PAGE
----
The dorm hall is near the two 10-story tower buildings, which also have undergone significant renovations. The work includes upgrading the heating and ventilation systems, sprinkling, plumbing, elevators and exterior improvements.

South tower is now open; North tower is closed and also will be set to open Aug. 1. Each tower provides housing for about 650 students. That renovation was expected to cost $33 million.


Speaker again, Pelosi sees 'new dawn' for 116th Congress

WASHINGTON — Cheering Democrats returned Nancy Pelosi to the House speaker’s post Thursday as the 116th Congress ushered in a historically diverse freshman class eager to confront President Donald Trump in a new era of divided government.

Pelosi, elected speaker 220-192, took the gavel saying U.S. voters “demanded a new dawn” in the November election that swept the Democrats to a House majority and are looking to “the beauty of our Constitution” to provide checks and balances on power. She faced 15 dissenting votes from fellow Democrats.

For a few hours, the promise of a new era was the order of the day. The new speaker invited scores of lawmakers’ kids to join her on the dais as she was sworn in, calling the House to order “on behalf of all of America’s children.”

Even Trump congratulated her during a rare appearance at the White House briefing room, saying her election by House colleagues was “a tremendous, tremendous achievement.” The president has tangled often with Pelosi and is sure to do so again with Democrats controlling the House, but he said, “I think it’ll be a little bit different than a lot of people are thinking.”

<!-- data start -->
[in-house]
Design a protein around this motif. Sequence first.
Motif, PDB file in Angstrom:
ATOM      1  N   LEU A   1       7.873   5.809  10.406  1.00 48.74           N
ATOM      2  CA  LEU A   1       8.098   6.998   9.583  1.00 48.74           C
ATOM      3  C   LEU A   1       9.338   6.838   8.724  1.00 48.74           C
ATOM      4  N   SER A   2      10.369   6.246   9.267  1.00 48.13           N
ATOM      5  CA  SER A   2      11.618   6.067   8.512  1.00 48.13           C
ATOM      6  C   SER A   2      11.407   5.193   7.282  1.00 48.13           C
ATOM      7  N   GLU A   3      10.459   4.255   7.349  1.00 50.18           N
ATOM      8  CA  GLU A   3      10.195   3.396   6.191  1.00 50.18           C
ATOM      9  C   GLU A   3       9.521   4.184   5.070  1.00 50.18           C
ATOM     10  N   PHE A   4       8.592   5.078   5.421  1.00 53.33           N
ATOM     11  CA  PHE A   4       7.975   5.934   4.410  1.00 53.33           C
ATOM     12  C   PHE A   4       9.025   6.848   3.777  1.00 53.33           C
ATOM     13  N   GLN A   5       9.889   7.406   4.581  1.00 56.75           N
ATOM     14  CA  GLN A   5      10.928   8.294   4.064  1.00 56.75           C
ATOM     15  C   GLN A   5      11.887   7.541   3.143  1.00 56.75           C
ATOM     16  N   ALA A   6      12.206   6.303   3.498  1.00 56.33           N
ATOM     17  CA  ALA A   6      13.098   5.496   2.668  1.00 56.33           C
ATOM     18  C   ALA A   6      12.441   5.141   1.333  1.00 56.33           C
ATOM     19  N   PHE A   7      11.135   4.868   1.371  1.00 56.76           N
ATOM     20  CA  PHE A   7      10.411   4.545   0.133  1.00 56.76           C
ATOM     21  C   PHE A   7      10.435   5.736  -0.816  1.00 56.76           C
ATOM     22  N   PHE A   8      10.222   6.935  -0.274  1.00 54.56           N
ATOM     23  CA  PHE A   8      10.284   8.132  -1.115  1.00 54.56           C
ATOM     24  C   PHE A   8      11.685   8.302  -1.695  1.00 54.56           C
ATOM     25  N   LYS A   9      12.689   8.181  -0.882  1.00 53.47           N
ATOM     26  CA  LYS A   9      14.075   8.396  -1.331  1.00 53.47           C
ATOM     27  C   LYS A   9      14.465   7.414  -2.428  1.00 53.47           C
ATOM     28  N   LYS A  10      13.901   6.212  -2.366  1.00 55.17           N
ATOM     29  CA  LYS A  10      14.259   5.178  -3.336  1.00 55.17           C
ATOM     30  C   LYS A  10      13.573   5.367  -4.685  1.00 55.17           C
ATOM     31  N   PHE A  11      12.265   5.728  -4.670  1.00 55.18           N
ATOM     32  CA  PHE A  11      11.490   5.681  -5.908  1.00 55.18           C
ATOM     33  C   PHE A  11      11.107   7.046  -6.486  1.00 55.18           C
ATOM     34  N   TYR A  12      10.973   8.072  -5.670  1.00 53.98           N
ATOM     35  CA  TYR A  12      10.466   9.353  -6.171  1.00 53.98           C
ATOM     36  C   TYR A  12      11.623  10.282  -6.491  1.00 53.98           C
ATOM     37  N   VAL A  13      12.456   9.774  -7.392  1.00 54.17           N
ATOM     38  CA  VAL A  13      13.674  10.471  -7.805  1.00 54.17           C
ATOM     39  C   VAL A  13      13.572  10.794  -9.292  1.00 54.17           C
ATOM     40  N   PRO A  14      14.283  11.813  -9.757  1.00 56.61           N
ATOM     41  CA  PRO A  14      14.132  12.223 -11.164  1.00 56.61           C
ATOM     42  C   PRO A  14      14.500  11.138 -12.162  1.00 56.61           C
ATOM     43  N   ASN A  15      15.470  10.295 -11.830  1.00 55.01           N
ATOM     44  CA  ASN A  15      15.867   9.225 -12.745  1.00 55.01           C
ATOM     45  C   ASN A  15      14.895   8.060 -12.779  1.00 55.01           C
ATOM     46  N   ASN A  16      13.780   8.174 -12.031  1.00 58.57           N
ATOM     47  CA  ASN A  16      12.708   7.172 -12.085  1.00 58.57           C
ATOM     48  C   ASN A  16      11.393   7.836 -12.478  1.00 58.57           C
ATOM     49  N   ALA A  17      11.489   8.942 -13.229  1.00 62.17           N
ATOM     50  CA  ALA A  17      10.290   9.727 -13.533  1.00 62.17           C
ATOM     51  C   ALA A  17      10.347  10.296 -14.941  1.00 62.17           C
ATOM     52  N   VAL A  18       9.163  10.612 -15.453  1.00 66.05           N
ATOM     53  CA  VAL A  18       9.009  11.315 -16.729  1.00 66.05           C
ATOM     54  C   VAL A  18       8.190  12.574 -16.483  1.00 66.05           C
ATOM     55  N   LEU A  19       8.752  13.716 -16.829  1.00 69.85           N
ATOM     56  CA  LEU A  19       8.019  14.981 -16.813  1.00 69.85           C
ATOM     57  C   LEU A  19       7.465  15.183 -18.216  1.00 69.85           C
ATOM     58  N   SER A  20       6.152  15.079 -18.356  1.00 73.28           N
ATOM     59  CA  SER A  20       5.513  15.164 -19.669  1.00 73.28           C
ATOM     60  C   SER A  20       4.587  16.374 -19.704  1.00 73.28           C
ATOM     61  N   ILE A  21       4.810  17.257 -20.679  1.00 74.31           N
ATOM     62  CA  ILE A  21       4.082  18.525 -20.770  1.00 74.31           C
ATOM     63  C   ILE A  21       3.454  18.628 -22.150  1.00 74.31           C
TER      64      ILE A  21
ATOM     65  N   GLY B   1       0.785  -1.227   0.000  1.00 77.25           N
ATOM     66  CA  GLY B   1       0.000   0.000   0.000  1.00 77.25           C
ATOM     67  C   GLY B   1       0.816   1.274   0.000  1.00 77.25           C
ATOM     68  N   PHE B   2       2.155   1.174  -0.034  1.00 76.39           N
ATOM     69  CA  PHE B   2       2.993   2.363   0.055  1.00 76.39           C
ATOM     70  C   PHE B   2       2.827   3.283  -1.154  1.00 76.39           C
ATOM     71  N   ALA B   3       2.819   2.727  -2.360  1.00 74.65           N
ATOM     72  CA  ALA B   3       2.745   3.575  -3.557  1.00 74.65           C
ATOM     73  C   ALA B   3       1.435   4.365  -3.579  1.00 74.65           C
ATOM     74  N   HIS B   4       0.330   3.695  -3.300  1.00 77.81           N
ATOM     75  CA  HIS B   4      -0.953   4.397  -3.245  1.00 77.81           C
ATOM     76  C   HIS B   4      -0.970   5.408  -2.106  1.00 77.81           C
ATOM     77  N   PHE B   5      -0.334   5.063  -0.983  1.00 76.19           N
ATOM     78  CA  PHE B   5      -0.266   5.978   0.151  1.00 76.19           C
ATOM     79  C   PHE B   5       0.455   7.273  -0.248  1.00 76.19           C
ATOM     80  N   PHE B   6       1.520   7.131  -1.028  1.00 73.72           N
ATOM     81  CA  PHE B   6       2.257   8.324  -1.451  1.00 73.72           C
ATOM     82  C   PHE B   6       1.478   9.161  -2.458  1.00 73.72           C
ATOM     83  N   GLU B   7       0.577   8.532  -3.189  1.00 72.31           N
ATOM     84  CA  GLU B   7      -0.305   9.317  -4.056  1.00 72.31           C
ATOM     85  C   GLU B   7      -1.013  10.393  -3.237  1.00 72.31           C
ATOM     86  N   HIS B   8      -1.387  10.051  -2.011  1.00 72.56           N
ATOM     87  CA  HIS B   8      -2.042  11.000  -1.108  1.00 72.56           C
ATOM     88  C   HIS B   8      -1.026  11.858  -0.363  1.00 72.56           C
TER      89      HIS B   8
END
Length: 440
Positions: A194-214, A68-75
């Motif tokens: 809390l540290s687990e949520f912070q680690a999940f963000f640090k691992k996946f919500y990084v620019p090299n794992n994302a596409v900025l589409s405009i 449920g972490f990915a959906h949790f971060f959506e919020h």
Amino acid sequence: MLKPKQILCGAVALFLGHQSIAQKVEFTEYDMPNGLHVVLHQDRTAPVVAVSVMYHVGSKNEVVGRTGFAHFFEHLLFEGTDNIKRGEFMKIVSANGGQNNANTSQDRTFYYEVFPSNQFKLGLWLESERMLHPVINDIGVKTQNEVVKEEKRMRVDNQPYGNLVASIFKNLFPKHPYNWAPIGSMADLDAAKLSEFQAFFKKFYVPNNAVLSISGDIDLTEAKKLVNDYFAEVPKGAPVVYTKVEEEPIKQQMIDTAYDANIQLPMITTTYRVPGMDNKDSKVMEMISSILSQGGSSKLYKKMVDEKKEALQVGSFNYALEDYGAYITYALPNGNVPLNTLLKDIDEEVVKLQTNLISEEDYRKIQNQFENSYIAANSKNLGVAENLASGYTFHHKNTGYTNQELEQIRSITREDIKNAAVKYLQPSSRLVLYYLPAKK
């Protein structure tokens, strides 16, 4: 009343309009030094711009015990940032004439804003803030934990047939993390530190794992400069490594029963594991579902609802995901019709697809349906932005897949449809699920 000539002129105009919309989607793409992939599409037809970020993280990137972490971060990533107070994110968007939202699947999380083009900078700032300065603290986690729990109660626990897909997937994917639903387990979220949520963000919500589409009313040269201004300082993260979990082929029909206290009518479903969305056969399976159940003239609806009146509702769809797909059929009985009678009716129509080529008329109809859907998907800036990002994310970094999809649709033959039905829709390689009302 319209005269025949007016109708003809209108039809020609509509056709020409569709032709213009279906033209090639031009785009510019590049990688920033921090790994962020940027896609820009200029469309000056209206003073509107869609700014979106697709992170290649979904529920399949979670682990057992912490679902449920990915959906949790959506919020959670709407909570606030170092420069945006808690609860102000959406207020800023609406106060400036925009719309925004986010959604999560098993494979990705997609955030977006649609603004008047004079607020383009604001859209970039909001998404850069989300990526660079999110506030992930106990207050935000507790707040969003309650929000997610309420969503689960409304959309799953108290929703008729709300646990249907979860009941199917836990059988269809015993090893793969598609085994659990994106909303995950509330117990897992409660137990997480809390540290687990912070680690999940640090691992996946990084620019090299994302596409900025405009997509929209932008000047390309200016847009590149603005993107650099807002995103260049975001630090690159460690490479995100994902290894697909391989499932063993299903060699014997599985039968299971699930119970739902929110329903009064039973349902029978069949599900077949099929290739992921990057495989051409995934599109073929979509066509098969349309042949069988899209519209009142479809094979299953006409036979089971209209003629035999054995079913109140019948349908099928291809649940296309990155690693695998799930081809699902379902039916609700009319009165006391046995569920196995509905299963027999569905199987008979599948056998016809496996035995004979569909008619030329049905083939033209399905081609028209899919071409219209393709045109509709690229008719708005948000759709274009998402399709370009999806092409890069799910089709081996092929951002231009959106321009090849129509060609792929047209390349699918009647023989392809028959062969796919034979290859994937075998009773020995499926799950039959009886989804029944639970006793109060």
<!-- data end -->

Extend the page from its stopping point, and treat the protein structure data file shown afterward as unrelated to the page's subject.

As night fell, the House quickly got to work on the partial government shutdown, which was winding up Day 13 with Trump demanding billions in Mexican border wall funding to bring it to an end. Before midnight on Congress’ first day, Democrats planned to approve legislation to reopen the government — but without the $5.6 billion in wall money, which means it has no chance in the Republican Senate.

The new Congress is like none other. There are more women than ever before, and a new generation of Muslims, Latinos, Native Americans and African-Americans is creating a House more aligned with the population of the United States. However, the Republican side in the House is still made up mostly of white men, and in the Senate Republicans bolstered their ranks in the majority.

In a nod to the moment, Pelosi, the first female speaker who reclaimed the post she lost to the GOP in 2011, broadly pledged to make Congress work for all Americans — addressing kitchen table issues at a time of deep economic churn — even as her party readies to challenge Trump with investigations and subpoena powers that threaten the White House agenda.